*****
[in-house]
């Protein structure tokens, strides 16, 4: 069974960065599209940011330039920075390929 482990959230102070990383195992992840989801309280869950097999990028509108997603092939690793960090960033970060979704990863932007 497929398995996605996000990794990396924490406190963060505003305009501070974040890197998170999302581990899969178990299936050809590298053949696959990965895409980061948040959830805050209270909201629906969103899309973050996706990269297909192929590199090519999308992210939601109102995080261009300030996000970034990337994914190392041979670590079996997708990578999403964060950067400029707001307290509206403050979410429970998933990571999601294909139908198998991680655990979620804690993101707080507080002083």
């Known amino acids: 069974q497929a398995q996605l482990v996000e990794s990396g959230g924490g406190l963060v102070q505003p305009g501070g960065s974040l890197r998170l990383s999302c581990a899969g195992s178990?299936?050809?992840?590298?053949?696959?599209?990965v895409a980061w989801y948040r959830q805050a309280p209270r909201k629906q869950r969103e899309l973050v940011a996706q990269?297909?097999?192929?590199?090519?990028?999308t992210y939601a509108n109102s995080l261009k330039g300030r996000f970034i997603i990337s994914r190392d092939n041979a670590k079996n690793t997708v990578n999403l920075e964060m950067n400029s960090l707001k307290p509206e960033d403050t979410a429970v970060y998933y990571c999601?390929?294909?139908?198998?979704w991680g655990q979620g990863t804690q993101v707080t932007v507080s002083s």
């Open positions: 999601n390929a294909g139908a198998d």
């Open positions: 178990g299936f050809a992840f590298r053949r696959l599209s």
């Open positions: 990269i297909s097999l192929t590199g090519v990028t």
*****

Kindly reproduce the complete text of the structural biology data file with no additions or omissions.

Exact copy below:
[in-house]
């Protein structure tokens, strides 16, 4: 069974960065599209940011330039920075390929 482990959230102070990383195992992840989801309280869950097999990028509108997603092939690793960090960033970060979704990863932007 497929398995996605996000990794990396924490406190963060505003305009501070974040890197998170999302581990899969178990299936050809590298053949696959990965895409980061948040959830805050209270909201629906969103899309973050996706990269297909192929590199090519999308992210939601109102995080261009300030996000970034990337994914190392041979670590079996997708990578999403964060950067400029707001307290509206403050979410429970998933990571999601294909139908198998991680655990979620804690993101707080507080002083």
């Known amino acids: 069974q497929a398995q996605l482990v996000e990794s990396g959230g924490g406190l963060v102070q505003p305009g501070g960065s974040l890197r998170l990383s999302c581990a899969g195992s178990?299936?050809?992840?590298?053949?696959?599209?990965v895409a980061w989801y948040r959830q805050a309280p209270r909201k629906q869950r969103e899309l973050v940011a996706q990269?297909?097999?192929?590199?090519?990028?999308t992210y939601a509108n109102s995080l261009k330039g300030r996000f970034i997603i990337s994914r190392d092939n041979a670590k079996n690793t997708v990578n999403l920075e964060m950067n400029s960090l707001k307290p509206e960033d403050t979410a429970v970060y998933y990571c999601?390929?294909?139908?198998?979704w991680g655990q979620g990863t804690q993101v707080t932007v507080s002083s």
């Open positions: 999601n390929a294909g139908a198998d």
């Open positions: 178990g299936f050809a992840f590298r053949r696959l599209s």
């Open positions: 990269i297909s097999l192929t590199g090519v990028t």